Buffett devotees stick by him even as growth slows
By Jonathan Stempel and Jennifer Ablan
OMAHA, Nebraska (Reuters) - Short-seller Douglas Kass, Warren Buffett's handpicked bear, raised a concern on the minds of many shareholders at the "Woodstock for capitalists" this weekend: Has Berkshire Hathaway Inc become so big that it will find it hard to grow?
Many retail investors who converged on Omaha, Nebraska, for Berkshire's annual meeting on Saturday acknowledged that its fastest growth days are likely behind it. But they said Berkshire is still a good long-term bet as faith remains in Buffett and his management team's more than 4-decade-long record of stellar returns, and the company's tentacles into many sectors of the U.S. economy.
"Yes, it is a concern, but I have to get my expectations in line," said Julie Fehrnstrom, a mother of three from Orinda, California, attending her fifth meeting. "They are not driven by short-term decision making and they have really smart management. You really don't always find that."
Sherrie Palmer, a social worker from Portage la Prairie, Manitoba, was attending her first Berkshire meeting, one of 35,000 or so investors.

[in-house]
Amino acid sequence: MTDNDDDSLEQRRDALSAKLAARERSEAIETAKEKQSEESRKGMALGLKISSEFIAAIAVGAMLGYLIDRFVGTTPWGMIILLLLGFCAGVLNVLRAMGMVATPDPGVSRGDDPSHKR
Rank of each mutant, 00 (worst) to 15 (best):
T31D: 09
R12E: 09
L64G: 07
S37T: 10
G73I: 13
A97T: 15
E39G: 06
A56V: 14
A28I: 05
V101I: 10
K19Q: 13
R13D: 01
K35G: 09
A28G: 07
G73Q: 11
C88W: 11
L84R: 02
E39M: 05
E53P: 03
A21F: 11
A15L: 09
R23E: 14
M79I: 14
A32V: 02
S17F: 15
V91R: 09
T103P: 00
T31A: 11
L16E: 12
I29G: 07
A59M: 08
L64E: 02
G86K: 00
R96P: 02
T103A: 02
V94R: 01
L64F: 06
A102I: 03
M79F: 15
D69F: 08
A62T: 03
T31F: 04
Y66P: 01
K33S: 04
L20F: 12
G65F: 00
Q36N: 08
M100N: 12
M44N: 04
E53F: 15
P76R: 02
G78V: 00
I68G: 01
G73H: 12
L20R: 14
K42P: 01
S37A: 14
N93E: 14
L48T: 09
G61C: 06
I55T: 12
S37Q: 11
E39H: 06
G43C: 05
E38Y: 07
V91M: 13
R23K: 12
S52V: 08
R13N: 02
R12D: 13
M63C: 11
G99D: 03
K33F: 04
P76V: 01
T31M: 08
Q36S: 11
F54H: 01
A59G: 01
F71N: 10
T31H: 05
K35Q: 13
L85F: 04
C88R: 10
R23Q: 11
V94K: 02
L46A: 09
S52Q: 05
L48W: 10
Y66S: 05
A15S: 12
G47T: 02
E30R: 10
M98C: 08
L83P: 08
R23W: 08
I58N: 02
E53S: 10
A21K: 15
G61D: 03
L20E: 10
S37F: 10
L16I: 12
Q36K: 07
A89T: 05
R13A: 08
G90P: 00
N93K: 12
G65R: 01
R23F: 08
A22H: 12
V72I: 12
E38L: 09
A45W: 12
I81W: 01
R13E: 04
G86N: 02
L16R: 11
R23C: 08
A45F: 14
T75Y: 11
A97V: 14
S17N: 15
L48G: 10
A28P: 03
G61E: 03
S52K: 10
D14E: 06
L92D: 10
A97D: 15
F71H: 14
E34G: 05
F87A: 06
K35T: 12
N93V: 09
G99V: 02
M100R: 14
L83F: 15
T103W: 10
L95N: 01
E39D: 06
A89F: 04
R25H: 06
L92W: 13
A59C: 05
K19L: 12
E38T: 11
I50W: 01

"The steepness of the growth is leveling off, but it's not a concern," Palmer said. "We like the manner in which decisions are made and I don't worry about this being an organization jumping to a fad that won't pan out."
Patience has served Berkshire shareholders well. Investing in companies with dependable businesses and sound management has helped Berkshire as an investment trounce major competitors since Buffett took it over in 1965. Berkshire is now one of the largest U.S. companies by market value, with more than 288,000 employees in dozens of businesses, covering everything from ice cream to underwear and insurance to railroads.
But its massive size - currently around $268 billion in market value - has made it hard for Berkshire to grow as fast as it once did. While Berkshire performs well in down markets, it can lag in rising markets.
Buffett reminded shareholders that 2009-2013 may prove to be the first five-year period ever when the company's growth in book value per share will lag the Standard & Poor's 500 index including dividends. Continued...